WASHINGTON – The federal government faced tough questions at the Supreme Court Tuesday in defending criminal penalties levied against public officials who shut down access lanes to the George Washington Bridge in 2013 for political retribution.
Though none of the justices said the actions of former New Jersey Gov. Chris Christie's associates were justified, a majority of them doubted that it amounted to property fraud worthy of prison sentences.
The scandal, which became known as "Bridgegate," was hatched when the Christie aides faked a traffic study to create gridlock for several days in Fort Lee, New Jersey, whose Democratic mayor refused to endorse the governor's reelection bid. Christie, who was not charged, was inside court for the oral argument.
Federal prosecutors charged Christie's aides with fraud and won 18-month prison sentences, which were set aside, pending the Supreme Court's review.
Chief Justice John Roberts argued that one of the officials, William Baroni of the Port Authority of New York and New Jersey, had authority to regulate lane usage on the George Washington Bridge, the busiest in the world.
Associate Justice Stephen Breyer said Baroni's actions, along with those of Christie aide Bridget Anne Kelly, did not stop the general public from using the bridge.
"It was just a problem getting there – which was quite a problem, I grant you," Breyer said.
The appeal in Bridgegate is the latest in a series of cases in which the high court has looked skeptically – and often reversed – federal prosecutors' creative use of criminal laws to win convictions.
In 2016, the court vacated the conviction of former Virginia Gov. Robert McDonnell, who had been sentenced to two years in prison for accepting luxury gifts and loans from a wealthy businessman in exchange for "official acts." The justices ruled unanimously that those acts were commonplace actions taken on behalf of constituents.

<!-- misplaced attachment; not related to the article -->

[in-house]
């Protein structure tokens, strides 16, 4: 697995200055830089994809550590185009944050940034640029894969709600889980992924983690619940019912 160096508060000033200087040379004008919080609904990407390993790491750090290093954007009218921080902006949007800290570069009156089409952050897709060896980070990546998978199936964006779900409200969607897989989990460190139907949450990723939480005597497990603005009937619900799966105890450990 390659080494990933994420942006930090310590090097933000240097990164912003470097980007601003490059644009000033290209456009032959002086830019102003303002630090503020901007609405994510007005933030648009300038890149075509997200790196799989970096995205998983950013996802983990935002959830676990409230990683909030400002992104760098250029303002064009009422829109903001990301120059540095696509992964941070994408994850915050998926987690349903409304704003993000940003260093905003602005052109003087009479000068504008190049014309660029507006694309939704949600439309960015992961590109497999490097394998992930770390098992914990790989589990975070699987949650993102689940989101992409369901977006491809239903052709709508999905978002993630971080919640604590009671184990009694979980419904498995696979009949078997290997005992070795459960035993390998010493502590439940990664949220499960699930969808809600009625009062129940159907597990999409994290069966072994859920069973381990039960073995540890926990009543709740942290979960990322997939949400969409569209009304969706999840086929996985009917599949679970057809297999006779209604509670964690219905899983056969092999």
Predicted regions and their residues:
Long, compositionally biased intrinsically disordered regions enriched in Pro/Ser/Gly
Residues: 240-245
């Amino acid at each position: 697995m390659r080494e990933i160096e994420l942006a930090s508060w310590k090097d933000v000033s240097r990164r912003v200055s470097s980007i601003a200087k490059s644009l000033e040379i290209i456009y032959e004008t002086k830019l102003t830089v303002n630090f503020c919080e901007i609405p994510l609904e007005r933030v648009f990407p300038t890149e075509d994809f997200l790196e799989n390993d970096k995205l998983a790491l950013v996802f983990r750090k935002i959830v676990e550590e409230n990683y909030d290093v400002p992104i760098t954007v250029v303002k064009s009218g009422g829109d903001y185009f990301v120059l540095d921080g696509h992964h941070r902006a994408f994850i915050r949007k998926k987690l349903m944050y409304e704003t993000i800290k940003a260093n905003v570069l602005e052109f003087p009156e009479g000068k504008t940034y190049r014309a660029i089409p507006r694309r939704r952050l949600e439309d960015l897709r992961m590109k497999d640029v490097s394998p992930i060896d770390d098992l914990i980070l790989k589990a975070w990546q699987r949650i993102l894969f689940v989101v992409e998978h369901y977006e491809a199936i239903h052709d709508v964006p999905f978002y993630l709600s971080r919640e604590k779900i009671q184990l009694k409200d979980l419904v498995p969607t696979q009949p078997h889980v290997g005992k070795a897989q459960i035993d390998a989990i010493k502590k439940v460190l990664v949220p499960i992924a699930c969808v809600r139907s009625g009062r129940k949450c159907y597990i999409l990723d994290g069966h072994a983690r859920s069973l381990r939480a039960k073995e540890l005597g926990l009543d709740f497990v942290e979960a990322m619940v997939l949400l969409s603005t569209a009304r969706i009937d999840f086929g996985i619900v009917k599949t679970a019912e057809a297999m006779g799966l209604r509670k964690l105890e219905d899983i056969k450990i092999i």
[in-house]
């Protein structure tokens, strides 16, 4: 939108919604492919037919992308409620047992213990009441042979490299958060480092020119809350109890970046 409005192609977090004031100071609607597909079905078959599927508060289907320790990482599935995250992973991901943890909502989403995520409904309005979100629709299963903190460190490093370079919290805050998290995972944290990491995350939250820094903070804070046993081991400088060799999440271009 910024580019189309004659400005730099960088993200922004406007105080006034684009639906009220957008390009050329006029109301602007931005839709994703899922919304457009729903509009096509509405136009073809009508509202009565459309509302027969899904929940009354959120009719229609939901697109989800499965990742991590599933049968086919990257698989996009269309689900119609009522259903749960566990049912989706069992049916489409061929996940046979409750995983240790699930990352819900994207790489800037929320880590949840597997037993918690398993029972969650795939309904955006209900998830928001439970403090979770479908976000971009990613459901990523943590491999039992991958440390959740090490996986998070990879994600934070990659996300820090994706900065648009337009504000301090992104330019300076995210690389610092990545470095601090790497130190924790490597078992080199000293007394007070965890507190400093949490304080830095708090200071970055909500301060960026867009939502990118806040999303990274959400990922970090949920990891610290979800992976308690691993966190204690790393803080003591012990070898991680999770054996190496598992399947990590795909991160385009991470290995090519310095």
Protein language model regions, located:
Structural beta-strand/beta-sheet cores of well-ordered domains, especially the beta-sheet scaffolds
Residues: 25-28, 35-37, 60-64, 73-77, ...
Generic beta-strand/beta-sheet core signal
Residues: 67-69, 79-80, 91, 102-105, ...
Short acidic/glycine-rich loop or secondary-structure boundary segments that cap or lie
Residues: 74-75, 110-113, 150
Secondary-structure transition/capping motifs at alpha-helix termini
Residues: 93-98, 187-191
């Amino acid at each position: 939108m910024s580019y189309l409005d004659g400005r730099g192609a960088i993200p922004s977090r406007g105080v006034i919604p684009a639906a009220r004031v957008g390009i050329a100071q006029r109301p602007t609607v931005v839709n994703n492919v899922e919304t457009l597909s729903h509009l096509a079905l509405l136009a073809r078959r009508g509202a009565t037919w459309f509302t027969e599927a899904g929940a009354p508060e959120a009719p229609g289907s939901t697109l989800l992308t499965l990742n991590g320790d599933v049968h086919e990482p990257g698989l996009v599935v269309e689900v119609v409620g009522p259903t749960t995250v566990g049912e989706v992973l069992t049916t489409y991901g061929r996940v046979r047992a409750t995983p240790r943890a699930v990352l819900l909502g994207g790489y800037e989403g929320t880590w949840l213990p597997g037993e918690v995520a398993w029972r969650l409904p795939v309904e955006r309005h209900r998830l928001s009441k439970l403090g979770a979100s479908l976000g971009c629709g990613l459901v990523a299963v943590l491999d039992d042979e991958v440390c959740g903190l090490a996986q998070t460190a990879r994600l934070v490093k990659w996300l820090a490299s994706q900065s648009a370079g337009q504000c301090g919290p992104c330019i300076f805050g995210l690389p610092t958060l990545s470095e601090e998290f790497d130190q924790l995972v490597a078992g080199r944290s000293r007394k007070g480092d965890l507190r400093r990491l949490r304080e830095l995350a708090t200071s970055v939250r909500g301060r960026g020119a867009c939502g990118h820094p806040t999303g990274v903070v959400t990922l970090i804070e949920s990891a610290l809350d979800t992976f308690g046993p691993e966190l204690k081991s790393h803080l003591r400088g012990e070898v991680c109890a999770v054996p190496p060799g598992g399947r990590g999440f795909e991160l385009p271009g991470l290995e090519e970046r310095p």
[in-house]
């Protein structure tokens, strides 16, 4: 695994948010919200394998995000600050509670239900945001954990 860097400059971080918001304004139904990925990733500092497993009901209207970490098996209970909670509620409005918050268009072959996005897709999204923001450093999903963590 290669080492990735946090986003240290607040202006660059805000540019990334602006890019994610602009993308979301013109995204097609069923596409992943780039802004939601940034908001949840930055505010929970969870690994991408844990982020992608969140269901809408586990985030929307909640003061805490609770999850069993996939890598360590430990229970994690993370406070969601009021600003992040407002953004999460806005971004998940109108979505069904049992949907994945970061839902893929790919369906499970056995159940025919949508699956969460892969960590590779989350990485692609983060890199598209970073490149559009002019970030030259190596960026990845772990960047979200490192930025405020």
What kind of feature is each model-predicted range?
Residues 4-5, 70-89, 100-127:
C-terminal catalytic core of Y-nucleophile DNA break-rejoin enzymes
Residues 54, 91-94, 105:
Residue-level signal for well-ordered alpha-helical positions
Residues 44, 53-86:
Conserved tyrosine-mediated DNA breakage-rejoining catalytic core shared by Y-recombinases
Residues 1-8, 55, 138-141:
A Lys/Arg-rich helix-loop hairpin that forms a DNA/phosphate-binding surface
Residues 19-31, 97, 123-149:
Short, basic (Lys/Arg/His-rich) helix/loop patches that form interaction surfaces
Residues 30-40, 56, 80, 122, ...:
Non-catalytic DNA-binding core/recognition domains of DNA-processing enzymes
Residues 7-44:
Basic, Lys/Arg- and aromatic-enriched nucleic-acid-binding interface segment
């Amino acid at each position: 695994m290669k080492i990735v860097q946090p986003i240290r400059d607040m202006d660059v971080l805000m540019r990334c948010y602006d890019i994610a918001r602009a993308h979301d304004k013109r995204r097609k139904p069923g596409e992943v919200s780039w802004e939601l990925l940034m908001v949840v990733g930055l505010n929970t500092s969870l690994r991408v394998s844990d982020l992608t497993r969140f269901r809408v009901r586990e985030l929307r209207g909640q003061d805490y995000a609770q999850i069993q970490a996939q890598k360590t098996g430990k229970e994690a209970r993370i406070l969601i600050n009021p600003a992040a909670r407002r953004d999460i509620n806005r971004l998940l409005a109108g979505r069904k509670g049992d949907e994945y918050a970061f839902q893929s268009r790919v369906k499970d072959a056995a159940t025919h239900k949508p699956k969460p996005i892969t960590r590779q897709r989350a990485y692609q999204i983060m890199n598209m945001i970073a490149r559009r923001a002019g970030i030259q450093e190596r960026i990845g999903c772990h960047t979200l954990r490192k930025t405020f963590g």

The ruling made it harder for prosecutors to use federal fraud statutes against public officials by characterizing what the justices called common favors as crimes.
The Supreme Court began pushing back against public corruption prosecutions in 1987, reversing the conviction of Kentucky officials who skimmed money paid by the state to insurance companies. The court reasoned that fraud statutes do not guarantee officials will "perform their duties honestly." A generation later, it added that "honest services" fraud must include bribery or kickbacks.
Jacob Roth, the lawyer representing Kelly, told the court there were no bribes or kickbacks in the Bridgegate scandal. His client, he said, "simply reallocated" lanes on the bridge from one public use to another, adding, "I'm not trying to suggest that this is OK."
Associate Justice Samuel Alito, a former U.S. attorney for New Jersey, said the scheme required Port Authority workers to spend time on a traffic study that was contrived.
"Money is property," Alito said, "and money was lost."
When U.S. Deputy Solicitor General Eric Feigin expanded on that theory of "commandeering fraud," Alito and several other justices voiced skepticism.
"The object of this deception was not to obtain property," Associate Justice Elena Kagan said. "The object was to create a traffic jam. The object was to benefit people politically."
This article originally appeared on USA TODAY: Bridgegate: NJ scandal over GW Bridge gridlock reaches Supreme Court